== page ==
The beach has soft sand and shallow sea. It is one of the places that sea turtles leave their eggs. Because of this, the beach is under protection. At its easternmost point there is a rocky outcrop looking over a spectacular rocky cove. The single road approach to the beach features ancient sites of archeological interest.
The 18 kilometres (11 mi)-long Patara Beach is the longest in its region and sometimes reaches a width of 200–300 metres.
Apart from its ancient ruins, Patara is also famous for the 18 kilometres (11 mi)-long Patara Beach.
The town walls surrounded an area of considerable extent; they may easily be traced, as well as the situation of a castle which commanded the harbour, and of several towers which flanked the walls. On the outside of the walls there is a multitude of stone sarcophagi, most of them bearing inscriptions, but all open and empty; and within the walls, temples, altars, pedestals, and fragments of sculpture appear in profusion, but ruined and mutilated. The situation of the harbour is still apparent, but it is a swamp, choked up with sand and bushes. The theatre was built in the reign of Antoninus Pius; its diameter is 265 feet.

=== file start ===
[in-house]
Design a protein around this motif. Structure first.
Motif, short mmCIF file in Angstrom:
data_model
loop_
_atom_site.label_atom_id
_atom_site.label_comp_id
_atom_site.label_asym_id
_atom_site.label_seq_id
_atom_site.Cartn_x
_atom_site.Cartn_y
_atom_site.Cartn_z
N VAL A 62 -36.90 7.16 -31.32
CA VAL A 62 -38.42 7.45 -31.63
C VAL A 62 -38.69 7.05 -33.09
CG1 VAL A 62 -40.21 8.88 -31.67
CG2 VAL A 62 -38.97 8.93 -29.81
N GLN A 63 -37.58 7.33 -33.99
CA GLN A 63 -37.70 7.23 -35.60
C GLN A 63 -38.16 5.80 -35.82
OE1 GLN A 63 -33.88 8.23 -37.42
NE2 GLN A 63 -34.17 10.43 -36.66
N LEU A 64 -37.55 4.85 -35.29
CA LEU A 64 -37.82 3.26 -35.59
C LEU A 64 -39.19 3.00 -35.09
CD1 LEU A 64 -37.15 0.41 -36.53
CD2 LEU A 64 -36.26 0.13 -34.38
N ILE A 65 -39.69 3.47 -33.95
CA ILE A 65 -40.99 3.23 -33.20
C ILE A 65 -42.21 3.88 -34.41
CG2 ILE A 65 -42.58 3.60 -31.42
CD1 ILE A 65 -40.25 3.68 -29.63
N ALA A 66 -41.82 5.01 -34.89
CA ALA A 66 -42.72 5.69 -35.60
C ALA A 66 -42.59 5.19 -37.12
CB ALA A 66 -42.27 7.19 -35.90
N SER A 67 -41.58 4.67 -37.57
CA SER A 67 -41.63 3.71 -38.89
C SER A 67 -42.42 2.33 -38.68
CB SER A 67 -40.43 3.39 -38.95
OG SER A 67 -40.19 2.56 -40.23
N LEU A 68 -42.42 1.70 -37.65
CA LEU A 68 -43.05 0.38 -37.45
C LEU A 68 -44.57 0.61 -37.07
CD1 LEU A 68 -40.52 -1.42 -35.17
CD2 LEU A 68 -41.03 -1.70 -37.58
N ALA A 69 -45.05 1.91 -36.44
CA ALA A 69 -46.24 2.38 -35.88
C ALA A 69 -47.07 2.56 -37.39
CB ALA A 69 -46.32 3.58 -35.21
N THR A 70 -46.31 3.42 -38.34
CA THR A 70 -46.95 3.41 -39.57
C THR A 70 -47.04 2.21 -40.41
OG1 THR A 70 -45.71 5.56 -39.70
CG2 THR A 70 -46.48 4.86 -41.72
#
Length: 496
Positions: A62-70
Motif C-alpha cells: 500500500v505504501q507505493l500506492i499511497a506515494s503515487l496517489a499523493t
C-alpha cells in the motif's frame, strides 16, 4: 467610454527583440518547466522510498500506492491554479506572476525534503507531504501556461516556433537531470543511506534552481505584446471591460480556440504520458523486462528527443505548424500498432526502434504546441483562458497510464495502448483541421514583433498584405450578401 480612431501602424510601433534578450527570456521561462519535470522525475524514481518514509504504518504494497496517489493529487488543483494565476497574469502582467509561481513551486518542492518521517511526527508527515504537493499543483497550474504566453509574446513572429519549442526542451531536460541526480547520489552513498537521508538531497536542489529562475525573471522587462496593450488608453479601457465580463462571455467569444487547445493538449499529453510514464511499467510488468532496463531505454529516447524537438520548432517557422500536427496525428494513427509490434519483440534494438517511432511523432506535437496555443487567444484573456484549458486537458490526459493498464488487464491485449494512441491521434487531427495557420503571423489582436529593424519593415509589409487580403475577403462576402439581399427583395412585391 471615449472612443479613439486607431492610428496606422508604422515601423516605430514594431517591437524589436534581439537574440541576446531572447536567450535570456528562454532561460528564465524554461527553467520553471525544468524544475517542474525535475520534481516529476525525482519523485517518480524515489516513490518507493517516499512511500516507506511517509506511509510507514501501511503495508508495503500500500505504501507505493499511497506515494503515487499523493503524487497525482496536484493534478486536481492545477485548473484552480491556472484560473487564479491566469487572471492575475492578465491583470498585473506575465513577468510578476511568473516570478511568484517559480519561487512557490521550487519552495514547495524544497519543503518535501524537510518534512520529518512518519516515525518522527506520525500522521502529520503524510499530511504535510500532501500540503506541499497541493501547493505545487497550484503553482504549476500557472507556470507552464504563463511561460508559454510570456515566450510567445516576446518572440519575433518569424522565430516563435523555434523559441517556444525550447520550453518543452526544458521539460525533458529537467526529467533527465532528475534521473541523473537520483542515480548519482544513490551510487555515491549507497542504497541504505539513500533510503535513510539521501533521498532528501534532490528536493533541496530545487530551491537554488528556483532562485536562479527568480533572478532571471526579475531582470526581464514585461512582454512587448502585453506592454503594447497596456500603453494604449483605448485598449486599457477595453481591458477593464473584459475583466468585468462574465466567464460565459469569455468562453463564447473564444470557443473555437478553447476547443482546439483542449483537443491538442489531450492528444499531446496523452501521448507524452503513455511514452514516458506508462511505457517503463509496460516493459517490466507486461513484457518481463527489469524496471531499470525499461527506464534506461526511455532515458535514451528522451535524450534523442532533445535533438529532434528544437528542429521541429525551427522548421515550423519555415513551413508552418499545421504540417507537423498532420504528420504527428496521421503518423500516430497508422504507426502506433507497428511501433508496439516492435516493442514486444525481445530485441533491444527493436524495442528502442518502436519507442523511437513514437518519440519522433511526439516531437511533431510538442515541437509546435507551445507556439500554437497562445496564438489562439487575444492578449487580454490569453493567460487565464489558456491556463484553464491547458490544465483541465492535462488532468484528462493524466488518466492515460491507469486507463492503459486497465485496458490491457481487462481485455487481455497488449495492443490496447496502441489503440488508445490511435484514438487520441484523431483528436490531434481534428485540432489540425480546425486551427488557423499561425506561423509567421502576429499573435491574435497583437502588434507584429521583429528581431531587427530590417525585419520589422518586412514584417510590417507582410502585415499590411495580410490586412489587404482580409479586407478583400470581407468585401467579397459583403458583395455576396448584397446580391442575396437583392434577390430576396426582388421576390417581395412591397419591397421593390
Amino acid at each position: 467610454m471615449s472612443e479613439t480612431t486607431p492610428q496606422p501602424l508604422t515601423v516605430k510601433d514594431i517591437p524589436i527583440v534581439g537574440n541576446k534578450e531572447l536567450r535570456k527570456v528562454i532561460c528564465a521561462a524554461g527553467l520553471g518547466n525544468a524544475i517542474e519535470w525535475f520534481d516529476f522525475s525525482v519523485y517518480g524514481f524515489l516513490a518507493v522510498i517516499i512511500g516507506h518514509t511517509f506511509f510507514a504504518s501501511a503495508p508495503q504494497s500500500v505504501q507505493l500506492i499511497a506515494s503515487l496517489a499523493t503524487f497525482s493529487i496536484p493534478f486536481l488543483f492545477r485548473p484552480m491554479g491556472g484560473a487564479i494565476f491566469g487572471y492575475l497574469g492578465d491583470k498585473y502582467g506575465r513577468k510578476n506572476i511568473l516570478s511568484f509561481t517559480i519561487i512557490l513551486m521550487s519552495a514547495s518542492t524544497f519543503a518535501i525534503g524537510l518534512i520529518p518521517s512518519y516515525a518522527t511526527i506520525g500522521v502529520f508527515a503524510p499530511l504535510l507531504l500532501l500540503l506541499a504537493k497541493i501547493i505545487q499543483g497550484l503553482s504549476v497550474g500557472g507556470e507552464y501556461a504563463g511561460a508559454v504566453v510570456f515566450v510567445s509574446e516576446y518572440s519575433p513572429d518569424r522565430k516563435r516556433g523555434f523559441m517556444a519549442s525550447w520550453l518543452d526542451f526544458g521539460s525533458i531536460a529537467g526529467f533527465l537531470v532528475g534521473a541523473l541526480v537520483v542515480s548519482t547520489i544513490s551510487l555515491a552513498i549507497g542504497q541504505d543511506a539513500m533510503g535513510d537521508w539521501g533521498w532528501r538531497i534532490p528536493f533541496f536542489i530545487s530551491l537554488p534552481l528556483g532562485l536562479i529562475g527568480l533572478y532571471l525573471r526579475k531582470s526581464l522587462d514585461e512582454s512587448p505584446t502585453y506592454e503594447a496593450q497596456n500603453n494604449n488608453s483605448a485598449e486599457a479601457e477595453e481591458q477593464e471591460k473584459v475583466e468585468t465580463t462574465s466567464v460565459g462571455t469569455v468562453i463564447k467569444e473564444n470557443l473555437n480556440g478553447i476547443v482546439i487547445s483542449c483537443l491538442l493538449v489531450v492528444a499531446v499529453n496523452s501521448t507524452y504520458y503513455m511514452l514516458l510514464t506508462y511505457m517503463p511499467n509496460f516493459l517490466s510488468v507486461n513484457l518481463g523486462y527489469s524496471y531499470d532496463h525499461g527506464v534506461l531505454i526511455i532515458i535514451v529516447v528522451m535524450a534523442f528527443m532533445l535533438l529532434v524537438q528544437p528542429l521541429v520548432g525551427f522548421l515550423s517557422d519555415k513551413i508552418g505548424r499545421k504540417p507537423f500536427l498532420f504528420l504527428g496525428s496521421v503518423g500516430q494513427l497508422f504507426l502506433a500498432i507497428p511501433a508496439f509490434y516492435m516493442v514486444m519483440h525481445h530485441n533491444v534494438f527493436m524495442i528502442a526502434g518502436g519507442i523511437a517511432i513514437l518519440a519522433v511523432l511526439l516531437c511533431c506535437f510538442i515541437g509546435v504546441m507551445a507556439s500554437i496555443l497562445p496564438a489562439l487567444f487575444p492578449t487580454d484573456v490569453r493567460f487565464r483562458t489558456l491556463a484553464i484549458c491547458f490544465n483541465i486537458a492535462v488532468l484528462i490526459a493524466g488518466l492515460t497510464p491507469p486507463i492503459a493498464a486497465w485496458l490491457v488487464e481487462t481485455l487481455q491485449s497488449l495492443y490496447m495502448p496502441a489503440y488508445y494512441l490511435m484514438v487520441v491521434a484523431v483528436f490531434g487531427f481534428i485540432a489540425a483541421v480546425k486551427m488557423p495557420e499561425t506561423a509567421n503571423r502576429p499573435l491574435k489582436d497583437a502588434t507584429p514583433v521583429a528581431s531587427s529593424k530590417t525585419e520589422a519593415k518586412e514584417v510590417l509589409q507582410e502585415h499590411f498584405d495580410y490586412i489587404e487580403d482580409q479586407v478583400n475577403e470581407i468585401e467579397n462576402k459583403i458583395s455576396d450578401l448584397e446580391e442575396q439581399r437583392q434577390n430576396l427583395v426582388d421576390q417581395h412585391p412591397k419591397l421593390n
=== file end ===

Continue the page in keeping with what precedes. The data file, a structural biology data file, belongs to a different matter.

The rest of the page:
The name Patara is still attached to the numerous ruins of the city. These, according to the survey of Capt. Beaufort, are situated on the sea-shore, a little to the eastward of the river Xanthus, and consist of a theatre excavated in the northern side of a small hill, a ruined temple on the side of the same hill, and a deep circular pit, of singular appearance, which may have been the seat of the oracle.
1993 a Roman milestone was unearthed, the Stadiasmus Provinciae Lyciae (also known as the Stadiasmus Patarensis and the Miliarium Lyciae) in the form of a monumental pillar on which was inscribed in Greek a dedication to Claudius and an official announcement of roads being built by the governor, Quintus Veranius, in the province of Lycia et Pamphylia, giving place names and distances, essentially a monumental public